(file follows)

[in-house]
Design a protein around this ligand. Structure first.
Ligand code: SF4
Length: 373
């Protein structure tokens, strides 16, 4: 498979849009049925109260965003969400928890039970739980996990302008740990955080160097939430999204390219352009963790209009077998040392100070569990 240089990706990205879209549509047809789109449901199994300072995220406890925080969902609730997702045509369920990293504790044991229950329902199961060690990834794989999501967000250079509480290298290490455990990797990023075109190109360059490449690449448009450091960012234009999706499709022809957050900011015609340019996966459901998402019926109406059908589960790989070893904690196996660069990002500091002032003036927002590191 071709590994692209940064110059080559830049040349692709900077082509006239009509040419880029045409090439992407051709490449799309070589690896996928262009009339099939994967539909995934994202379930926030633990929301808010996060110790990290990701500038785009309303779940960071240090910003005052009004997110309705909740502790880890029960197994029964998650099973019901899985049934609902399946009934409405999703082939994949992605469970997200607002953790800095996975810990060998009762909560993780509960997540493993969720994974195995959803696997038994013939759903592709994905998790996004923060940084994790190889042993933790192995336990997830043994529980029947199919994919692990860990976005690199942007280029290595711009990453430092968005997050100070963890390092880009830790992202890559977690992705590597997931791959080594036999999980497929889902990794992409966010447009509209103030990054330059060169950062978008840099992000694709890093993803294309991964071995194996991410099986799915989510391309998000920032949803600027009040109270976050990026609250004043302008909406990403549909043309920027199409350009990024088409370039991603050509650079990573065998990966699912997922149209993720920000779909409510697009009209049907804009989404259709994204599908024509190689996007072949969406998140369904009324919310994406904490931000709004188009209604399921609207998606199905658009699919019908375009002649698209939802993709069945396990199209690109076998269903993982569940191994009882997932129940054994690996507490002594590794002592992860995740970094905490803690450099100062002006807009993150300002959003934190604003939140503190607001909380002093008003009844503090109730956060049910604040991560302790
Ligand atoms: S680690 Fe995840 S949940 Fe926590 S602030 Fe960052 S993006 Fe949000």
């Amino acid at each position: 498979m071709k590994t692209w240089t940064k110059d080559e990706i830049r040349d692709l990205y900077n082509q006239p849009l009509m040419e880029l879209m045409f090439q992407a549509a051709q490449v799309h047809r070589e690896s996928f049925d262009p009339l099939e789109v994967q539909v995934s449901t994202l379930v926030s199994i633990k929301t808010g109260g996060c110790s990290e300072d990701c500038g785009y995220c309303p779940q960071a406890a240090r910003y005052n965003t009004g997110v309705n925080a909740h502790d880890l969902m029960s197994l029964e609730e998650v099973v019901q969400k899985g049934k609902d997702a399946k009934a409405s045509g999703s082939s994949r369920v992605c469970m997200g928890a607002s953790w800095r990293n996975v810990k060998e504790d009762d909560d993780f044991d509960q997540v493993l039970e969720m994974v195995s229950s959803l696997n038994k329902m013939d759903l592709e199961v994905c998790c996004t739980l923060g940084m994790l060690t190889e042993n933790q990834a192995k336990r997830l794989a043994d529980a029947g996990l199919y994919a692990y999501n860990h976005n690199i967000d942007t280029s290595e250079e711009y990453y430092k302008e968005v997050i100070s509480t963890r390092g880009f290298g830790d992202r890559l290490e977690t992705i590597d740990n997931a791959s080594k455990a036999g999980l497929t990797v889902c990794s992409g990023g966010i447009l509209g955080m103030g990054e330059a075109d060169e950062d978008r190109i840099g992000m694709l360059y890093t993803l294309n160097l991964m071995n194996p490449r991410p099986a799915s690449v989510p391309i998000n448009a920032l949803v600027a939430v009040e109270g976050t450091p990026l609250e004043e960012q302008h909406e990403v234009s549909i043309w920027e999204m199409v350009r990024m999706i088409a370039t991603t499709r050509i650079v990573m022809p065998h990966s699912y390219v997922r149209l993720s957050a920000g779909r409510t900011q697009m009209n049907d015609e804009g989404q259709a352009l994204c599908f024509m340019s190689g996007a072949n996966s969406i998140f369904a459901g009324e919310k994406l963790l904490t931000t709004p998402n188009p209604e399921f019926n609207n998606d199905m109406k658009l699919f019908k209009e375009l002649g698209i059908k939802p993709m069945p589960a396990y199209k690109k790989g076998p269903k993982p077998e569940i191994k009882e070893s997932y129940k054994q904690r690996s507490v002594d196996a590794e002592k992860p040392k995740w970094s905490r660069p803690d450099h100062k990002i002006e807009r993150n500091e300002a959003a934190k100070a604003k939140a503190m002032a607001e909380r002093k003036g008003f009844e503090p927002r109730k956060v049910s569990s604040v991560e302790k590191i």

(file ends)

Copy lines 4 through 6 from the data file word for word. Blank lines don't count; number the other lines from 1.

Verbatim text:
Length: 373
């Protein structure tokens, strides 16, 4: 498979849009049925109260965003969400928890039970739980996990302008740990955080160097939430999204390219352009963790209009077998040392100070569990 240089990706990205879209549509047809789109449901199994300072995220406890925080969902609730997702045509369920990293504790044991229950329902199961060690990834794989999501967000250079509480290298290490455990990797990023075109190109360059490449690449448009450091960012234009999706499709022809957050900011015609340019996966459901998402019926109406059908589960790989070893904690196996660069990002500091002032003036927002590191 071709590994692209940064110059080559830049040349692709900077082509006239009509040419880029045409090439992407051709490449799309070589690896996928262009009339099939994967539909995934994202379930926030633990929301808010996060110790990290990701500038785009309303779940960071240090910003005052009004997110309705909740502790880890029960197994029964998650099973019901899985049934609902399946009934409405999703082939994949992605469970997200607002953790800095996975810990060998009762909560993780509960997540493993969720994974195995959803696997038994013939759903592709994905998790996004923060940084994790190889042993933790192995336990997830043994529980029947199919994919692990860990976005690199942007280029290595711009990453430092968005997050100070963890390092880009830790992202890559977690992705590597997931791959080594036999999980497929889902990794992409966010447009509209103030990054330059060169950062978008840099992000694709890093993803294309991964071995194996991410099986799915989510391309998000920032949803600027009040109270976050990026609250004043302008909406990403549909043309920027199409350009990024088409370039991603050509650079990573065998990966699912997922149209993720920000779909409510697009009209049907804009989404259709994204599908024509190689996007072949969406998140369904009324919310994406904490931000709004188009209604399921609207998606199905658009699919019908375009002649698209939802993709069945396990199209690109076998269903993982569940191994009882997932129940054994690996507490002594590794002592992860995740970094905490803690450099100062002006807009993150300002959003934190604003939140503190607001909380002093008003009844503090109730956060049910604040991560302790
Ligand atoms: S680690 Fe995840 S949940 Fe926590 S602030 Fe960052 S993006 Fe949000």